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As a lifelong Texan, Cynthia Leal has lived through a lot of hailstorms, but she’ll not soon forget the storm of 2014.

The day after the storm, so-called “runners” for plaintiffs’ law firms were knocking on doors in Cynthia’s neighborhood. These “runners” are a type of door to door salesman for plaintiffs firms, recruiting homeowners to sue their insurance companies.

“She (the runner) took me outside she said, you see there you see on your roof, that storm caused this,” explained Cynthia. “They showed me pictures of checks, of thousands of dollars. This guy went and he bought a motorcycle, this guy went and he put a pool in his house.”

Leal initially declined to participate, but after weeks of persistence she finally agreed to the lawyers offer to help her file an insurance claim. It wasn’t long before she find out she had been taken for a ride.

The law firm negotiated an $11,000 settlement — far less than the $40,000 Leal had been told it would cost to repair her roof.

For her troubles, Leal would only be offered a few hundred dollars.

“I felt like I was pushed into a corner, I didn’t know where to go, what to do, how to get out of it,” she said. “I was terrified.”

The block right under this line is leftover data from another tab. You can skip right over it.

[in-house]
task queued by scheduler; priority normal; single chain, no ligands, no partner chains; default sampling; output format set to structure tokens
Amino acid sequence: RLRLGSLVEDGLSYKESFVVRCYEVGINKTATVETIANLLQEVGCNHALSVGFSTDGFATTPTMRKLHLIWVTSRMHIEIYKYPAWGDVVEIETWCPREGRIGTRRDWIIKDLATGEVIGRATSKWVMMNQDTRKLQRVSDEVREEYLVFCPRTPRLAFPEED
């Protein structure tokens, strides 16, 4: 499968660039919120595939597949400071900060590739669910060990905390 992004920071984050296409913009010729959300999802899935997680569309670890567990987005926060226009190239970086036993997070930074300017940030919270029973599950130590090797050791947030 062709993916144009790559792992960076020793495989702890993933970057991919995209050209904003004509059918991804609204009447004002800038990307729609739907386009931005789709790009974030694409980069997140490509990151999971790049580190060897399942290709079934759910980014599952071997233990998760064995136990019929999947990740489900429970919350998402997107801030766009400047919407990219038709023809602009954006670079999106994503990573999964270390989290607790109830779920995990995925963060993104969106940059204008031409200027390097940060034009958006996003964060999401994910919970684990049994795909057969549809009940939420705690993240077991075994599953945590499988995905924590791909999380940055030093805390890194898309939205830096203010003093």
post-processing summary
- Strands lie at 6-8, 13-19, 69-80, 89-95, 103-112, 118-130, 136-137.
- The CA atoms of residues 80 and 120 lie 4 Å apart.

Texas hail storm litigation has exploded in recent years, with some estimates of more than 36,000 cases filed since 2012. The Texas Department of Insurance estimates a 1,400 percent increase in these lawsuits between 2012 and 2015.

Hail is just one type of storm-related litigation. Similar cases are brought after tornadoes and other natural disasters. That’s why Texas has a new law to stem the tide of these storm chase lawsuits — to stop plaintiffs’ lawyers from using homeowners like Cynthia as settlement pawns.

“I don’t know if it’s the lawyers, the adjusters, who it is exactly, but something is wrong with the system,” said Cynthia. “I mean if you go from $40,000 to giving the homeowner $600, I mean, where is it going to?

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